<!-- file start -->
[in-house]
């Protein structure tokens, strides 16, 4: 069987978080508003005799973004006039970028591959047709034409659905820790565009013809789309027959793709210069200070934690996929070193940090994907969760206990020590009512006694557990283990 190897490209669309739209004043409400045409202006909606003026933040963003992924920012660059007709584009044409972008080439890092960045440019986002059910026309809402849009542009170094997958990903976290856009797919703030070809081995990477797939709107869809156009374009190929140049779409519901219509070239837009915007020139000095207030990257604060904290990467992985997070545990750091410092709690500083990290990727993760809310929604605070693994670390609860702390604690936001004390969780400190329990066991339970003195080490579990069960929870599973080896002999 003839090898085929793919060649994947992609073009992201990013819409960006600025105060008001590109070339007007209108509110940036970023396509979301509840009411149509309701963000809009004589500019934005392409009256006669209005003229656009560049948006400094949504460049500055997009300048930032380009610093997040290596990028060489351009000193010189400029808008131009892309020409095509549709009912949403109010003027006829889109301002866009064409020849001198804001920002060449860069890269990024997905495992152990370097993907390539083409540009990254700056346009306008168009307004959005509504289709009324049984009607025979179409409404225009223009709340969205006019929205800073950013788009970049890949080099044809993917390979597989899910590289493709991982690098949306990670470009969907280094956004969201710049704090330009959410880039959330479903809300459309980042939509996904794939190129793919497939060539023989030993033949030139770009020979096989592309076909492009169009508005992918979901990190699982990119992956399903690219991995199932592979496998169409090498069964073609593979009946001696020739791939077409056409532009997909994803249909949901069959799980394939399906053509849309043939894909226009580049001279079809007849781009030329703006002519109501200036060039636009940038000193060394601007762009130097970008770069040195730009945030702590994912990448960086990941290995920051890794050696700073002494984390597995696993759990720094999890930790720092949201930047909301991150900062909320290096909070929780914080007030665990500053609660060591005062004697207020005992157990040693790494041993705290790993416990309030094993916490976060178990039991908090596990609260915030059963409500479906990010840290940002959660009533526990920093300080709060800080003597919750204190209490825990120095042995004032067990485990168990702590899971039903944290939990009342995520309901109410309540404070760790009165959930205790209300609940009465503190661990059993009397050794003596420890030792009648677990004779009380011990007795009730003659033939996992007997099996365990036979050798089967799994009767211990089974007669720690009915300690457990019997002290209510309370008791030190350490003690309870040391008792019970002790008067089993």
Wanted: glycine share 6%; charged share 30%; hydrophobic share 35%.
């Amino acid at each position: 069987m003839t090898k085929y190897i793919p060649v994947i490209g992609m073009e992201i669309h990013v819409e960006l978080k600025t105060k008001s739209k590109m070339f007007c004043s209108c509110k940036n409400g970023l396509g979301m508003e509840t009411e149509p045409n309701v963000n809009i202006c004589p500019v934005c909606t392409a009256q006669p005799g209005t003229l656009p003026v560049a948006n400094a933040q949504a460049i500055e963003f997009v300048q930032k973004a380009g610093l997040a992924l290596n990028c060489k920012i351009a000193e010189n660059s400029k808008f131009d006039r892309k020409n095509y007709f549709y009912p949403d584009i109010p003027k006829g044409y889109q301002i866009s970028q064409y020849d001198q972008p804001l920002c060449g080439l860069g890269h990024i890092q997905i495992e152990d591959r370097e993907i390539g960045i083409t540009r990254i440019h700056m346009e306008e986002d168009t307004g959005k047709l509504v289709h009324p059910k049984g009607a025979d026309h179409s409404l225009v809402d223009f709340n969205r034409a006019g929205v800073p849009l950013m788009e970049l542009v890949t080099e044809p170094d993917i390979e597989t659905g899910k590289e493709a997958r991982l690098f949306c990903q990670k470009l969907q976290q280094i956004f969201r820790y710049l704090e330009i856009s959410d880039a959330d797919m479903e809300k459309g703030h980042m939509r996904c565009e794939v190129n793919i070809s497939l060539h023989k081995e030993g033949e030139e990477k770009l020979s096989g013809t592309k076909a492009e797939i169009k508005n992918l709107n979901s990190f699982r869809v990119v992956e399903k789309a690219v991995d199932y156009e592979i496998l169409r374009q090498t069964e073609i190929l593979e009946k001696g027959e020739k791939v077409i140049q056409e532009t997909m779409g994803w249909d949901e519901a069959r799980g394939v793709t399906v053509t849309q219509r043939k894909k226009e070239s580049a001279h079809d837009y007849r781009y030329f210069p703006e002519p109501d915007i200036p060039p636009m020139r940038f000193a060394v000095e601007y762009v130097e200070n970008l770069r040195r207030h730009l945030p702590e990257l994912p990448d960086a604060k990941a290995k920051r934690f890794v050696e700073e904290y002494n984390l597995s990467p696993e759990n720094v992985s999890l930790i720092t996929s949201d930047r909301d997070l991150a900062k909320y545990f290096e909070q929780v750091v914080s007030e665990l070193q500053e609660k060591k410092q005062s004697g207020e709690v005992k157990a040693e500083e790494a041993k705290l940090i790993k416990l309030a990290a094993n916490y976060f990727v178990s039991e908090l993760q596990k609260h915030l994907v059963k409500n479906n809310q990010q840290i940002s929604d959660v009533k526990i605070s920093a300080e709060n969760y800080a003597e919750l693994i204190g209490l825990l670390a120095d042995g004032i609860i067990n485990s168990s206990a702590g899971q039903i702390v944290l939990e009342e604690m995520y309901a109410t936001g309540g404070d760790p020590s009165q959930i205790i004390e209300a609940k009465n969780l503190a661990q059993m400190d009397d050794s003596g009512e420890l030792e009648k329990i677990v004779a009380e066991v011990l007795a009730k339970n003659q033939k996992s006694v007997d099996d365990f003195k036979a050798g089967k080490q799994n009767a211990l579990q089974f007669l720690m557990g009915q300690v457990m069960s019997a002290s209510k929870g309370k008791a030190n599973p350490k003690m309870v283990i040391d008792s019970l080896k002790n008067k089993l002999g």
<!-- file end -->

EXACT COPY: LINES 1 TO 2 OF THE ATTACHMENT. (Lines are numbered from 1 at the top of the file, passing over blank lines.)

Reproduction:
[in-house]
């Protein structure tokens, strides 16, 4: 069987978080508003005799973004006039970028591959047709034409659905820790565009013809789309027959793709210069200070934690996929070193940090994907969760206990020590009512006694557990283990 190897490209669309739209004043409400045409202006909606003026933040963003992924920012660059007709584009044409972008080439890092960045440019986002059910026309809402849009542009170094997958990903976290856009797919703030070809081995990477797939709107869809156009374009190929140049779409519901219509070239837009915007020139000095207030990257604060904290990467992985997070545990750091410092709690500083990290990727993760809310929604605070693994670390609860702390604690936001004390969780400190329990066991339970003195080490579990069960929870599973080896002999 003839090898085929793919060649994947992609073009992201990013819409960006600025105060008001590109070339007007209108509110940036970023396509979301509840009411149509309701963000809009004589500019934005392409009256006669209005003229656009560049948006400094949504460049500055997009300048930032380009610093997040290596990028060489351009000193010189400029808008131009892309020409095509549709009912949403109010003027006829889109301002866009064409020849001198804001920002060449860069890269990024997905495992152990370097993907390539083409540009990254700056346009306008168009307004959005509504289709009324049984009607025979179409409404225009223009709340969205006019929205800073950013788009970049890949080099044809993917390979597989899910590289493709991982690098949306990670470009969907280094956004969201710049704090330009959410880039959330479903809300459309980042939509996904794939190129793919497939060539023989030993033949030139770009020979096989592309076909492009169009508005992918979901990190699982990119992956399903690219991995199932592979496998169409090498069964073609593979009946001696020739791939077409056409532009997909994803249909949901069959799980394939399906053509849309043939894909226009580049001279079809007849781009030329703006002519109501200036060039636009940038000193060394601007762009130097970008770069040195730009945030702590994912990448960086990941290995920051890794050696700073002494984390597995696993759990720094999890930790720092949201930047909301991150900062909320290096909070929780914080007030665990500053609660060591005062004697207020005992157990040693790494041993705290790993416990309030094993916490976060178990039991908090596990609260915030059963409500479906990010840290940002959660009533526990920093300080709060800080003597919750204190209490825990120095042995004032067990485990168990702590899971039903944290939990009342995520309901109410309540404070760790009165959930205790209300609940009465503190661990059993009397050794003596420890030792009648677990004779009380011990007795009730003659033939996992007997099996365990036979050798089967799994009767211990089974007669720690009915300690457990019997002290209510309370008791030190350490003690309870040391008792019970002790008067089993």